I have serious buyer’s remorse. I wrote you a few months ago and ended up buying the ET8 in December – then in February, the ET12 Pro was released, sigh. If I’d just waited a few months! I had no way to know Asus was going to release a “Pro” version, based on the previous models. Anyway, I followed your advice and wired the ET8, great, but I find the 2.4 to be so lacking and I’m wondering what’s causing it. I’m 5 feet away and both my iPhone and OnePlus are getting 40-60Mbps, granted, I use 5Ghz on the everything I can, generally, but I just test the 2.4 band now and again because I have cameras that rely on this band. I’m not rich and I don’t have money to burn, I am a geekazoid and I want everything tech in my home to be smooth running. I own Eufycam 3s (4 of them) and 1 of them has a penchant for cutting off while I’m viewing it (an example of something that doesn’t run smoothly and is thus annoying me). In your opinion, should I grab the ET12 Pro to replace my ET8? I’m not that disappointed with the ET8, I can say that I thought it’d perform a bit better for the price but I’m not sure what the baseline should be. It is THE best router system I’ve ever owned and I’ve gone through a few. Apart from issues I had with it when it was using the wireless backhaul (which you warned about), I love it. But I don’t know where their (Asus) 5500 sq ft. coverage numbers come from. My home is 4500 sq ft. and I get OK, not great coverage up and down stairs and I have both routers in such a way that one is on the NW side and the other on the SE, I figured that would get total coverage. I have 0 dead spots but as I said, that 4K camera can get flakey and it’s on the NW side of the home. I guess I’m asking if the ET12 Pro will prove itself to be a better router and worth the money I wasn’t planning to spend on it…or should I get another ET8 and put that somewhere in the “middle”, it’d have to be wireless because I don’t want to run another wire through my home.
Thanks for your advice.
The 2.4GHz is always bad, Andrew, that’s been my general experience with Wi-Fi 6 and 6E hardware. If you want to use this band, I’d recommend getting an old Wi-Fi 4 (or 5) access point (or router in access point mode) and using it on top of the new hardware, I mean it — more in this post.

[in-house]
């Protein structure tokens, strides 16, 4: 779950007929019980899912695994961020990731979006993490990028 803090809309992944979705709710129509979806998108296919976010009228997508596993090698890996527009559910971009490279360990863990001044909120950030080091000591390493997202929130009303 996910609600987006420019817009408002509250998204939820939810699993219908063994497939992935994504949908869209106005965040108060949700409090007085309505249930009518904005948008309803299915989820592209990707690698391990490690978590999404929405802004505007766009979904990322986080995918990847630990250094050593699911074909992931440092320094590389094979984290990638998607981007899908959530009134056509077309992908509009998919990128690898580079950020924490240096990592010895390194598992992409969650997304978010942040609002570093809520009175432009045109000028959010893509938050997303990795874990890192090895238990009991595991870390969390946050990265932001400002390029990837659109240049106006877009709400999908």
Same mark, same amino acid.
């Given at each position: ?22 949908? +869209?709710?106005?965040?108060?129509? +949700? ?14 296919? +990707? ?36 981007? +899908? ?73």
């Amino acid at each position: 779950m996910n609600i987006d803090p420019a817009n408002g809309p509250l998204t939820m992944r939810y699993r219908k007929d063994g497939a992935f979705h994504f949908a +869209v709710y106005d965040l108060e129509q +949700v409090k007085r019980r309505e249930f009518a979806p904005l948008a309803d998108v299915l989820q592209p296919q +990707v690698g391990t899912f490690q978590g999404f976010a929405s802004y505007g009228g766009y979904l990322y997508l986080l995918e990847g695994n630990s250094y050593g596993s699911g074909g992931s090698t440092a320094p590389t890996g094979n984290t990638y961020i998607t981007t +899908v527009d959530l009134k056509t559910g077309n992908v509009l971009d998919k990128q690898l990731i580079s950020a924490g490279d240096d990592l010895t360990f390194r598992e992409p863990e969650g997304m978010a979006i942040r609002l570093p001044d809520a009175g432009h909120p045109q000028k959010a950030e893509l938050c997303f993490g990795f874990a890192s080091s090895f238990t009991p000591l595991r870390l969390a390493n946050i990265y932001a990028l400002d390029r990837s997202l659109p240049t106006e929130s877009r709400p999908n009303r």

As for the best hardware, there’s none and there’s no need to wait. Get whatever works for you today. There will always be newer and better hardware down the line and Wi-Fi 7 is around the corner. You’ve done fine! 🙂
Shoot, sorry. Have it all setup and I guess the house is bigger than I thought. Want to add a third that I could have wired up. Would you add a single additional ET12 or go for the ROG AXE11000 as the third part of the MESH? If the later, would it matter which was main and what were the nodes? Thanks again Dong!
Either will do, Adam. If you go with the ROG, make sure you use it as the main unit and follow this guide.
Legend. Thanks. Went out and got it after I saw this. Set it up. EONS better.
HI there. Love the content Dong. Read through the reviews for the XT12, ET12 and AXE16000. I just picked up the XT12 and it’s a heck of an upgrade. Even though my house is cat6 wired,I have found it works better with with the 5ghz-2 backhaul over the wired connection (not sure why?).
With 1GB download speed, 40 connected devices (30 wireless), a cat6 wired mid-size house and quite a few wifi 6 devices do you think it would be a better investment for the ET12 or AXE16000.
I said why in the review, and for your case, the ET12 is better, Adam. But I’m glad it worked out.
Hi, Dong. I have spent at least 8 hour reading your articles this month alone! I also clicked on some ads, just to support you. I want the absolute best WiFi 6E or WiFi 6 mesh router for a fully wireless backhaul setup (I unfortunately can’t do a wired backhaul). I have a 1,550 square foot home with a total of 9 rooms (that includes the bathrooms, living room, and kitchen). What would be your recommendation? Thank you and take care.
I should have mentioned a few other things. I have a gigabit fiber optic Internet connection. I have a smart home with 50+ connected devices. I have been using the eero Pro 6 for a couple years, and it has stability issues and disconnections. (Yeah, I am aware you’re not a fan of eero, but I got them at a steep discount and before I learned of your website, unfortunately.) I want to be able to stream content on my smart TV without buffering, be always connected on my smartphones without issues, and game on my PCs. Thank you.
I’d go with the ZenWiFi XT8 or XT12, Victor. Note that you may have too many IoTs and that can be a problem. More in this post.
Thanks, Dong. Any particular reasons for why the XT and not ET in my situation?
Yes, check out this post where I compared the two, Victor.
Thanks again! I’ll definitely be purchasing the XT12 shortly. Do you have affiliate links to retailers other than Amazon? (I don’t yet know which retailer I’ll be using; I live in the San Francisco Bay Area, if that matters.) I usually use cashback portals to save a bit of money, but I’d rather use one of your links to financially support you a bit. Take care.
I only have the Amazon affiliate, Victor, and purposely have no other affiliation — more here.
Just buy it where it suits you. The commission is really low, and not worth your headache. Thanks for the thought, though. 🙂
Hello, I have three ASUS RT-AC5300 routers I’m looking to replace with this system. What are your thoughts on using one of the RT-AC5300’s in Bridge Mode and using the Bridge as a “wired” backhaul for the satellite 6e router? Hard wiring is not an option currently.
That’d make no difference and a terrible idea, Rafael. The backhaul is still wireless. That’s like putting a cabin on top of a bicycle and call it a “car”.